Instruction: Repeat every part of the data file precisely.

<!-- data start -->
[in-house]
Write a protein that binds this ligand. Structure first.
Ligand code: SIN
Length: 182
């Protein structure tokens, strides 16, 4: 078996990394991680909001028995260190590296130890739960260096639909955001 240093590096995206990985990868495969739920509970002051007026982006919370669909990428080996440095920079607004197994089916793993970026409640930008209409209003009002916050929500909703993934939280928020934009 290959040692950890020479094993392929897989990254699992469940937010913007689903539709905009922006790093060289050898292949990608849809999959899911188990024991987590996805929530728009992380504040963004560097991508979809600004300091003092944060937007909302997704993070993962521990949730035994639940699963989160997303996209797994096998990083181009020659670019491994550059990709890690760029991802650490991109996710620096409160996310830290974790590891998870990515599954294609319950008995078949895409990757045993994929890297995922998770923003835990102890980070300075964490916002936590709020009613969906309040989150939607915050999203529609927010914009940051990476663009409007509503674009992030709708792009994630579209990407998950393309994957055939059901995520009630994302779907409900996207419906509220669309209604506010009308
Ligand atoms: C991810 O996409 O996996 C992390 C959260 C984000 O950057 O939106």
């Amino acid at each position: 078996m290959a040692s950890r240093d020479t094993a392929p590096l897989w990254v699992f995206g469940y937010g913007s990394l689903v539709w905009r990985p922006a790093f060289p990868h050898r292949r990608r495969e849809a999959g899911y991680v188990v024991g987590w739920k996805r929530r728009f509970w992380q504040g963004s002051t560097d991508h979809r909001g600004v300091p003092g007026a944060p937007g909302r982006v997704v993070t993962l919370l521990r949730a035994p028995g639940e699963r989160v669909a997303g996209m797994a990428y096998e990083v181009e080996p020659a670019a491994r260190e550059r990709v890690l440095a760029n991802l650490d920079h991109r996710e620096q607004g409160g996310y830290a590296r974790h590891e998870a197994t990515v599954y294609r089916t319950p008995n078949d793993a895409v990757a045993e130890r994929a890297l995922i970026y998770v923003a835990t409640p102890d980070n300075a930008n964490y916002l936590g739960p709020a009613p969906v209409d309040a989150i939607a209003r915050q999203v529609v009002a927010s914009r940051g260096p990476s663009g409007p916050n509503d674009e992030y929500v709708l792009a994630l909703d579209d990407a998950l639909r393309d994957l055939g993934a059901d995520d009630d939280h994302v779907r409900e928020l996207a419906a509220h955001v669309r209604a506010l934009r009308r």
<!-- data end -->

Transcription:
[in-house]
Write a protein that binds this ligand. Structure first.
Ligand code: SIN
Length: 182
């Protein structure tokens, strides 16, 4: 078996990394991680909001028995260190590296130890739960260096639909955001 240093590096995206990985990868495969739920509970002051007026982006919370669909990428080996440095920079607004197994089916793993970026409640930008209409209003009002916050929500909703993934939280928020934009 290959040692950890020479094993392929897989990254699992469940937010913007689903539709905009922006790093060289050898292949990608849809999959899911188990024991987590996805929530728009992380504040963004560097991508979809600004300091003092944060937007909302997704993070993962521990949730035994639940699963989160997303996209797994096998990083181009020659670019491994550059990709890690760029991802650490991109996710620096409160996310830290974790590891998870990515599954294609319950008995078949895409990757045993994929890297995922998770923003835990102890980070300075964490916002936590709020009613969906309040989150939607915050999203529609927010914009940051990476663009409007509503674009992030709708792009994630579209990407998950393309994957055939059901995520009630994302779907409900996207419906509220669309209604506010009308
Ligand atoms: C991810 O996409 O996996 C992390 C959260 C984000 O950057 O939106």
């Amino acid at each position: 078996m290959a040692s950890r240093d020479t094993a392929p590096l897989w990254v699992f995206g469940y937010g913007s990394l689903v539709w905009r990985p922006a790093f060289p990868h050898r292949r990608r495969e849809a999959g899911y991680v188990v024991g987590w739920k996805r929530r728009f509970w992380q504040g963004s002051t560097d991508h979809r909001g600004v300091p003092g007026a944060p937007g909302r982006v997704v993070t993962l919370l521990r949730a035994p028995g639940e699963r989160v669909a997303g996209m797994a990428y096998e990083v181009e080996p020659a670019a491994r260190e550059r990709v890690l440095a760029n991802l650490d920079h991109r996710e620096q607004g409160g996310y830290a590296r974790h590891e998870a197994t990515v599954y294609r089916t319950p008995n078949d793993a895409v990757a045993e130890r994929a890297l995922i970026y998770v923003a835990t409640p102890d980070n300075a930008n964490y916002l936590g739960p709020a009613p969906v209409d309040a989150i939607a209003r915050q999203v529609v009002a927010s914009r940051g260096p990476s663009g409007p916050n509503d674009e992030y929500v709708l792009a994630l909703d579209d990407a998950l639909r393309d994957l055939g993934a059901d995520d009630d939280h994302v779907r409900e928020l996207a419906a509220h955001v669309r209604a506010l934009r009308r």